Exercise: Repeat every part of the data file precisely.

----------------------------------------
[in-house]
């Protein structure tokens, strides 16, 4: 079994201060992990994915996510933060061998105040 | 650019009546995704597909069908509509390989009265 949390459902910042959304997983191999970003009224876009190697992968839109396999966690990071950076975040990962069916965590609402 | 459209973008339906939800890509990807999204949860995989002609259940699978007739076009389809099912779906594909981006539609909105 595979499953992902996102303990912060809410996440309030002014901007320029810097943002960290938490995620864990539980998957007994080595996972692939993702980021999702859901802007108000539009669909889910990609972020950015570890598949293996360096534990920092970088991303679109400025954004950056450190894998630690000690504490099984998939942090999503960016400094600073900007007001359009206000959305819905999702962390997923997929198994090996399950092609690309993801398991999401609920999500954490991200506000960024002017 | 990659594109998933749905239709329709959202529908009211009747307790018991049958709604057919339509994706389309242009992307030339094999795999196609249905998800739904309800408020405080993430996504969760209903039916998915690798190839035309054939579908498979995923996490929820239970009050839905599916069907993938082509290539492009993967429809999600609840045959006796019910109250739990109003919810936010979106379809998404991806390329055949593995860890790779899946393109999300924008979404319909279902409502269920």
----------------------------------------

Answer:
[in-house]
């Protein structure tokens, strides 16, 4: 079994201060992990994915996510933060061998105040 | 650019009546995704597909069908509509390989009265 949390459902910042959304997983191999970003009224876009190697992968839109396999966690990071950076975040990962069916965590609402 | 459209973008339906939800890509990807999204949860995989002609259940699978007739076009389809099912779906594909981006539609909105 595979499953992902996102303990912060809410996440309030002014901007320029810097943002960290938490995620864990539980998957007994080595996972692939993702980021999702859901802007108000539009669909889910990609972020950015570890598949293996360096534990920092970088991303679109400025954004950056450190894998630690000690504490099984998939942090999503960016400094600073900007007001359009206000959305819905999702962390997923997929198994090996399950092609690309993801398991999401609920999500954490991200506000960024002017 | 990659594109998933749905239709329709959202529908009211009747307790018991049958709604057919339509994706389309242009992307030339094999795999196609249905998800739904309800408020405080993430996504969760209903039916998915690798190839035309054939579908498979995923996490929820239970009050839905599916069907993938082509290539492009993967429809999600609840045959006796019910109250739990109003919810936010979106379809998404991806390329055949593995860890790779899946393109999300924008979404319909279902409502269920």